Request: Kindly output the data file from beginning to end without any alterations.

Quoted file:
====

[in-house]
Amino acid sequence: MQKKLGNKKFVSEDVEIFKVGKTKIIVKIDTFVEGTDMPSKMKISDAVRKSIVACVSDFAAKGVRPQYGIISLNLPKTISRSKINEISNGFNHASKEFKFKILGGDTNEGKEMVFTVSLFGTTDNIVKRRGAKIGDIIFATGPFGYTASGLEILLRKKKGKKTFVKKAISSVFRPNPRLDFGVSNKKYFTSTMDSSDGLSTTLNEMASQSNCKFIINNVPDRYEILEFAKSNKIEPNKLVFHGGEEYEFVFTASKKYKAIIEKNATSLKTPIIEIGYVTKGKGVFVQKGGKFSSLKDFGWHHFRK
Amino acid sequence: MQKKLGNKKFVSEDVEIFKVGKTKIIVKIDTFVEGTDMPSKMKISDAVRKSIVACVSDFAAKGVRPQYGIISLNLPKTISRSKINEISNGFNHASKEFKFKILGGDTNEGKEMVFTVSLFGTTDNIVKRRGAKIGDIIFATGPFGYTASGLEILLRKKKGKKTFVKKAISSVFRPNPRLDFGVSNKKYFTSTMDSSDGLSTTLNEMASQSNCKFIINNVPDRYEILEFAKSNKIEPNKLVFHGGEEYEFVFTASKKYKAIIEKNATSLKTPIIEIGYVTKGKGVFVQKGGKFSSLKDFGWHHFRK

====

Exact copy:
[in-house]
Amino acid sequence: MQKKLGNKKFVSEDVEIFKVGKTKIIVKIDTFVEGTDMPSKMKISDAVRKSIVACVSDFAAKGVRPQYGIISLNLPKTISRSKINEISNGFNHASKEFKFKILGGDTNEGKEMVFTVSLFGTTDNIVKRRGAKIGDIIFATGPFGYTASGLEILLRKKKGKKTFVKKAISSVFRPNPRLDFGVSNKKYFTSTMDSSDGLSTTLNEMASQSNCKFIINNVPDRYEILEFAKSNKIEPNKLVFHGGEEYEFVFTASKKYKAIIEKNATSLKTPIIEIGYVTKGKGVFVQKGGKFSSLKDFGWHHFRK
Amino acid sequence: MQKKLGNKKFVSEDVEIFKVGKTKIIVKIDTFVEGTDMPSKMKISDAVRKSIVACVSDFAAKGVRPQYGIISLNLPKTISRSKINEISNGFNHASKEFKFKILGGDTNEGKEMVFTVSLFGTTDNIVKRRGAKIGDIIFATGPFGYTASGLEILLRKKKGKKTFVKKAISSVFRPNPRLDFGVSNKKYFTSTMDSSDGLSTTLNEMASQSNCKFIINNVPDRYEILEFAKSNKIEPNKLVFHGGEEYEFVFTASKKYKAIIEKNATSLKTPIIEIGYVTKGKGVFVQKGGKFSSLKDFGWHHFRK